Since early 2009, analysts have worried that Greece might default on its debt. But The Economist warned last November:

The EU’s authorities, rightly or wrongly, are more afraid of the moral hazard of a bail-out than the possible spillover effect of a hypothetical Greek default to other eurozone countries. If faced with a choice between preserving the integrity of the stability pact and the integrity of Greece, they are currently minded to choose the former.

By last month, the International Monetary Fund had put together a loan package. Wall Street went into a tizzy yesterday; with the Dow dropping 1000 points before recovering most of that. Although about two-thirds of Greece’s public debt is held by foreigners, the gross external debt figure is relatively low, only $581.68 billion.

I thought that Wall Street’s reaction might have reflected a really bad debt-to-GDP ratio, but most stories aren’t naming numbers. Here’s what I’ve found, and why I’m asking “Why Greece?” It’s certainly not because of the magnitude of total external debt, as this list makes clear.

The following list shows external debt as a percent of gross domestic product. External debt is the “total public and private debt owed to nonresidents repayable in foreign currency, goods, or services.” Most of news reports have focused on public debt, if they have included any statistics.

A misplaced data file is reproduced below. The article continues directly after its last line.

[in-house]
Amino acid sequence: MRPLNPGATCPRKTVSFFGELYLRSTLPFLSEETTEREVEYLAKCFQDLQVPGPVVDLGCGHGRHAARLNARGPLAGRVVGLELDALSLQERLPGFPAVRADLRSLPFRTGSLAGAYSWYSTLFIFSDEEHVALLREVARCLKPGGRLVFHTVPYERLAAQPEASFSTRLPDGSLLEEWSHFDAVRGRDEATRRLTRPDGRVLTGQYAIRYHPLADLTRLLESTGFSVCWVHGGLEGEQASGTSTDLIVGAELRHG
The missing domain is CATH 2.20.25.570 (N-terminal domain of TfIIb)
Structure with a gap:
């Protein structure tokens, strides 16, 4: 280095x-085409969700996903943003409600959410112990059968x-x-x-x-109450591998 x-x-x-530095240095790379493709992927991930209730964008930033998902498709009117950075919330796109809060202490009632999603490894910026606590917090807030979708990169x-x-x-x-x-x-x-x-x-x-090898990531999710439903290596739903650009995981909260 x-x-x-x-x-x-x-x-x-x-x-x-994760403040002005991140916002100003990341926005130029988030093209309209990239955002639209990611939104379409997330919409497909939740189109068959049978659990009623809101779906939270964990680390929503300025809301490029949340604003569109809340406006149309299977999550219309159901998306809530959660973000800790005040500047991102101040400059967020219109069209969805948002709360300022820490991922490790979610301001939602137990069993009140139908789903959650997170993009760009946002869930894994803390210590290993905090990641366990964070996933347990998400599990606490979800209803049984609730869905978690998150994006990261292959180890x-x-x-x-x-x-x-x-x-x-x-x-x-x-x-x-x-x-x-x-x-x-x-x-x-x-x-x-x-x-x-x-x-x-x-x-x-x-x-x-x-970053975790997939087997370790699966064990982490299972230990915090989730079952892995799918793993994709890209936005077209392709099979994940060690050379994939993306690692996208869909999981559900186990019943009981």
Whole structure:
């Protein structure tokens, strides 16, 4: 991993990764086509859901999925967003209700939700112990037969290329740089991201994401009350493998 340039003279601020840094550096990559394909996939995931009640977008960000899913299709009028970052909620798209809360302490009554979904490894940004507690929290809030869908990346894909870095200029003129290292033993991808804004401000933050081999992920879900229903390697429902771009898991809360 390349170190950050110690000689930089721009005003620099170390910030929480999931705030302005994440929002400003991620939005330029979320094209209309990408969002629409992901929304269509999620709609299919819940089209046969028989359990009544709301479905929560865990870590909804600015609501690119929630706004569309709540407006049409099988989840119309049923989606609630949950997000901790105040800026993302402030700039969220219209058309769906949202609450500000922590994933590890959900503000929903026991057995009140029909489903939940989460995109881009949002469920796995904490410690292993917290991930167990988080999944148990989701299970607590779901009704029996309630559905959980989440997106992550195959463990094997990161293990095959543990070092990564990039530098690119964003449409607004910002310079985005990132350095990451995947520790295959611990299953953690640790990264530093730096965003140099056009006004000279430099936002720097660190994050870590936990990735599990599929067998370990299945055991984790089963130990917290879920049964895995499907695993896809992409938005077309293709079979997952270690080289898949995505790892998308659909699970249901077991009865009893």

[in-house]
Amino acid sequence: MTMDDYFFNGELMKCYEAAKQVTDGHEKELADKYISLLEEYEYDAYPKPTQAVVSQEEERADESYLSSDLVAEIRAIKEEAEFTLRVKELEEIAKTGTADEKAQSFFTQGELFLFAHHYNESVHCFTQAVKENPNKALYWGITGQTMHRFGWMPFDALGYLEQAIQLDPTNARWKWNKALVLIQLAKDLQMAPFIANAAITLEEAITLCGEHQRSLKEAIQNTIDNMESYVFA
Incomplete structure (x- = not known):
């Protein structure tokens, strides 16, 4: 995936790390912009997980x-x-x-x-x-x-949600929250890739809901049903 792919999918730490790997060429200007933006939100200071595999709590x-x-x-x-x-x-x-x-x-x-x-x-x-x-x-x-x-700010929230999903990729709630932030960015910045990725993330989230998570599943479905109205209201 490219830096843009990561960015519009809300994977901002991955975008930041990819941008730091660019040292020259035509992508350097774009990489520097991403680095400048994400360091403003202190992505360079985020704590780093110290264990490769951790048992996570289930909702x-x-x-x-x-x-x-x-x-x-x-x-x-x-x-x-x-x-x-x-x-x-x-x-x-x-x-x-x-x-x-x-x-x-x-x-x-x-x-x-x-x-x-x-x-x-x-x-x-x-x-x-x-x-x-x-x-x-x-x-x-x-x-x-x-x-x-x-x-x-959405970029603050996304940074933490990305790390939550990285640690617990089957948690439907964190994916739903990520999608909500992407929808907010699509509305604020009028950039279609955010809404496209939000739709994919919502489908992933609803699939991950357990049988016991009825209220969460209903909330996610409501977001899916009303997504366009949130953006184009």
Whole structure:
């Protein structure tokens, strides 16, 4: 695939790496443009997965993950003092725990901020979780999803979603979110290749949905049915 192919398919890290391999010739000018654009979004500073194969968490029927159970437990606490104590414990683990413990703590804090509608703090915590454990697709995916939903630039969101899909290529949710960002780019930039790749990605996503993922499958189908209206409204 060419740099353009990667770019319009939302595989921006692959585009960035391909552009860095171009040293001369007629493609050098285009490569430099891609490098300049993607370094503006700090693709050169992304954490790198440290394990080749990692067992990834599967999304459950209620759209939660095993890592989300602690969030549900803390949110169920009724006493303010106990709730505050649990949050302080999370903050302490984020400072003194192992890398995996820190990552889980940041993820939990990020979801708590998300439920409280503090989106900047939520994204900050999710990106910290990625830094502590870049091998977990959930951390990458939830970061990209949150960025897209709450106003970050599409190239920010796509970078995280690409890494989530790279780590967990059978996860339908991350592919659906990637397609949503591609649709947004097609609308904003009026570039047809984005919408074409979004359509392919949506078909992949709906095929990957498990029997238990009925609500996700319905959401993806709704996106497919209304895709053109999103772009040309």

• Ireland: 1312%, gross external debt: $2.32 trillion
  • United Kingdom: 424.9%, gross external debt: $9.15 trillion
  • Switzerland: 382.2%, gross external debt: $1.21 trillion (2009 Q3)
  • Sweden: 264.3%, gross external debt: $881.5 billion
  • France: 248%, gross external debt: $5.23 trillion (2009 Q3)
  • Hong Kong: 223.1%, gross external debt: $672.9 billion
  • Japan: ~197%
  • Spain: 186.1%, gross external debt: $2.55 trillion (2009 Q3)
  • Germany: 182.5%, gross external debt: $5.13 trillion
  • Greece: 170.5%, gross external debt: $581.68 billion
  • Italy: 147.4%, gross external debt: $2.594 trillion (2009 Q3)
  • Australia: 124.3%, gross external debt: $1.025 trillion (2009 Q2)
  • United States: 96.5%, gross external debt: $13.77 trillion (2009 Q3)
    :: Combined U.S. and state debt projected at 94 percent in 2010

What these numbers don’t show is the percentage of that debt held by the government. They also don’t show savings rates, which some argue have made Japan’s levels less perilous. Note: the U.S. savings rate is among the developed world’s lowest.

This list begs a corollary question: “when will it be us?” Our debt-to-GDP percentage may be the lowest on this list, but in absolute debt levels, we’re number one debtor nation in the world by a factor of about 250%. Too big to fail?

Also, the IMF projected across-the-board increases in debt-to-GDP rates of 20 points this year, due to the US-led financial crisis

Finally, it’s important to distinguish between government deficits and debt. A deficit is a year-to-year shortfall in revenue relative to spending. Debt is the collective borrowing that results from repeated deficits. And part of the deficit package is the interest being paid on the debt. Check out the chart below from zFacts, which puts the U.S. federal debt into perspective.

US Debt from zFacts

Chart from zFacts

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KATHY GILL, Technology Policy Analyst
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